The route traverses exposed alpine terrain and can be a dangerous place in bad weather with real risks of hypothermia for poorly equipped hikers. Conditions can change quickly, it is very exposed to the wind and the upper slopes can be much colder than down at the trailhead. Carry appropriate gear. The river crossings in the washouts lower down could be dangerous after heavy rain. Like all high mountain terrain in Hokkaido it is bear country so take the usual precautions. Water obtained en route should be boiled or filtered.

Weather forecast

Windy.com weather forecast for Muka-yama

Onsen nearby

Sounkyo has the nearest onsen including Kurodake no Yu (黒岳の湯, location, 600yen). This place also serves delicious Italian food (pasta and pizza) in the ground floor restaurant.

Extra Resources

Hokkaido Natsuyama Gaido 3, 北海道夏山ガイド 3 東・北大雪、十勝連峰の山々 (Hokkaido Shimbunsha). In Japanese. These guides are updated every few years.

Guide Options

If you’d like to hike this route and/or explore other areas of central Hokkaido with a local certified guide, then contact Jun Ishiguro. He’s a JMGA (Japan Mountain Guides Association) mountain guide and Director of the Hokkaido Mountain Guides Association (HMGA). As a senior figure in the Hokkaido guiding scene, and with extensive experience, he can tailor trips to your needs.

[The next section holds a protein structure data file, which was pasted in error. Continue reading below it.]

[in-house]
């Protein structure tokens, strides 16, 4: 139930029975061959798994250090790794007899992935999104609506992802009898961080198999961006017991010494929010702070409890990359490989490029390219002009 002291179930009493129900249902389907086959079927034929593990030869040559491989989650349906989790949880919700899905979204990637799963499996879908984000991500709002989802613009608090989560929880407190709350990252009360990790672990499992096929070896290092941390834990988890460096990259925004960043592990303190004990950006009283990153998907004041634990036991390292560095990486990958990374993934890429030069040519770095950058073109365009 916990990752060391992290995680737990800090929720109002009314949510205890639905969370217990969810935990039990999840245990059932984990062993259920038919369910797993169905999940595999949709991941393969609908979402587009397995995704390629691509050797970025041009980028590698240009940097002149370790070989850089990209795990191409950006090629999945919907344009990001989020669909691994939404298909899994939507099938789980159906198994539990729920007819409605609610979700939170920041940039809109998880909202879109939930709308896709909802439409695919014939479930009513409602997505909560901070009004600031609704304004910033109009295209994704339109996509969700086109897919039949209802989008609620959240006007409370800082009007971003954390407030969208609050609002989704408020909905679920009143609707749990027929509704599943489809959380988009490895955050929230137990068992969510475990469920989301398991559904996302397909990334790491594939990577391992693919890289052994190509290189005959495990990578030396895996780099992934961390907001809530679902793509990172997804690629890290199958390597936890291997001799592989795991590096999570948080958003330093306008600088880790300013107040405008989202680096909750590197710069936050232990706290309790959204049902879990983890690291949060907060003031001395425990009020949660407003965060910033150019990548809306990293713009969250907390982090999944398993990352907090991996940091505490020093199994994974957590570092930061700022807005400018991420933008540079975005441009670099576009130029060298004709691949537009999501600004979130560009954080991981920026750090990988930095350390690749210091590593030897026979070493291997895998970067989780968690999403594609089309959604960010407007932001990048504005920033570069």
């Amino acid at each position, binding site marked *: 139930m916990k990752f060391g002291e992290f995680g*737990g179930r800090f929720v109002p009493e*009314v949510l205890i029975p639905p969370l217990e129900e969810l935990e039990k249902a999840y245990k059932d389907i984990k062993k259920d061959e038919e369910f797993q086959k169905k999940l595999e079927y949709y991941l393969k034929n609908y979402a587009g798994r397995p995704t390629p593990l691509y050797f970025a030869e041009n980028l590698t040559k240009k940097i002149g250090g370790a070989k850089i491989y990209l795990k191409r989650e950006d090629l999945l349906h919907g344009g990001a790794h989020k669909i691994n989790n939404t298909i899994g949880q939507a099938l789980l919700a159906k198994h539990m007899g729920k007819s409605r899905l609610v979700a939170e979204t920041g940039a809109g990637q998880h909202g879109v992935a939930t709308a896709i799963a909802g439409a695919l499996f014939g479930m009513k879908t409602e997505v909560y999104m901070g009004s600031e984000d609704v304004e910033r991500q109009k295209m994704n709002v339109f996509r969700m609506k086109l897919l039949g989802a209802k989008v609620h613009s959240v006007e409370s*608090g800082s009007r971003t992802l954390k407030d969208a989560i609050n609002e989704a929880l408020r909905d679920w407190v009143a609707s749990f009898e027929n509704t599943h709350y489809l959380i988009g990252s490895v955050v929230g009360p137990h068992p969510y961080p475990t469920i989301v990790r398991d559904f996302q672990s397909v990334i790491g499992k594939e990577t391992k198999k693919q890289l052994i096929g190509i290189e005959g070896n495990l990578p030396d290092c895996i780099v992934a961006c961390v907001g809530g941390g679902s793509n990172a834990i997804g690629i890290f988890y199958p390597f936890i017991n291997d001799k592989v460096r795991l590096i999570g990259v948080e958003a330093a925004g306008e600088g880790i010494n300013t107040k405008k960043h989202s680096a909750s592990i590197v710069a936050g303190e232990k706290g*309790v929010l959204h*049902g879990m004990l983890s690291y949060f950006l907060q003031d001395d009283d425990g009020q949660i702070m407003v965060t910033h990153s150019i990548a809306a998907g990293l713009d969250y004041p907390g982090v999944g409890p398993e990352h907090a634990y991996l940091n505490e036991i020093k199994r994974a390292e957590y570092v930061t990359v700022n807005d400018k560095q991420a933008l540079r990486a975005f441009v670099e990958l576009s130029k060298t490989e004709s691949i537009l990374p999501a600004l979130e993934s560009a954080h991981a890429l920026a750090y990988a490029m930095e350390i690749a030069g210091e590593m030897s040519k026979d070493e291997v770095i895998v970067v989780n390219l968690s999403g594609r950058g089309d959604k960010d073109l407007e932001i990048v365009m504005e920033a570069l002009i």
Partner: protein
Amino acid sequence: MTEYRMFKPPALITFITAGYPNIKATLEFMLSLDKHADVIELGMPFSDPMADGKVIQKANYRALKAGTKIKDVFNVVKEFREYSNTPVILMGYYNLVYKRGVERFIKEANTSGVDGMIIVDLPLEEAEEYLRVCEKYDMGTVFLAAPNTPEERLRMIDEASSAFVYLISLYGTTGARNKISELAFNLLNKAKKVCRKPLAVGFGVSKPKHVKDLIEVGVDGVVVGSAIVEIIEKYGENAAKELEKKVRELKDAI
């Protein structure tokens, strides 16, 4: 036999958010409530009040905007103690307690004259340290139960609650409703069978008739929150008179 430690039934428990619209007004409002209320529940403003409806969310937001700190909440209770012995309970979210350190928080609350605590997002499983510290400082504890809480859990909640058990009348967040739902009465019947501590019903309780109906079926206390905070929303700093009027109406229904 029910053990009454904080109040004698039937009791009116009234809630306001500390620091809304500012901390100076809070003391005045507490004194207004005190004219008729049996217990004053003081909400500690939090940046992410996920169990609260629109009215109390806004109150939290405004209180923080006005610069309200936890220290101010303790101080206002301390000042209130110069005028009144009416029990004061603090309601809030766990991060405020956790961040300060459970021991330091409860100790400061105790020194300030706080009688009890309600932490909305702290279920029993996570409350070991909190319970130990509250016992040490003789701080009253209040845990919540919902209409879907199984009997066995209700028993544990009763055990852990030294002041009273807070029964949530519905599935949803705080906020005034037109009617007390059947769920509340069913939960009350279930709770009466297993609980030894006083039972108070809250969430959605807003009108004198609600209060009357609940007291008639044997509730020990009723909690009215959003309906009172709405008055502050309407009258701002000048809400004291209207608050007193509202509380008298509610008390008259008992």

Photo Gallery

Show Full Route Notes Close Route Notes

Route Trip Notes

Jeff slammed on the brakes. Ahead of us the gravel road disappeared into a massive hole about 40 meters across. It was clearly yet another victim of the typhoons that had destroyed so many of the forest roads in the interior. Jeff reversed back a bit to where we could turn around and park in an open area. A notice pinned to a post informed us that from here on the access road was impassable – we could see that – but also that the western trail leading up to Lion Rock had been destroyed. We had a quick rethink. Although the full loop was now impossible and it would be a longer and rougher walk in (and out), we still had plenty of time to get up and back on the eastern trail. Boots on, and off we went.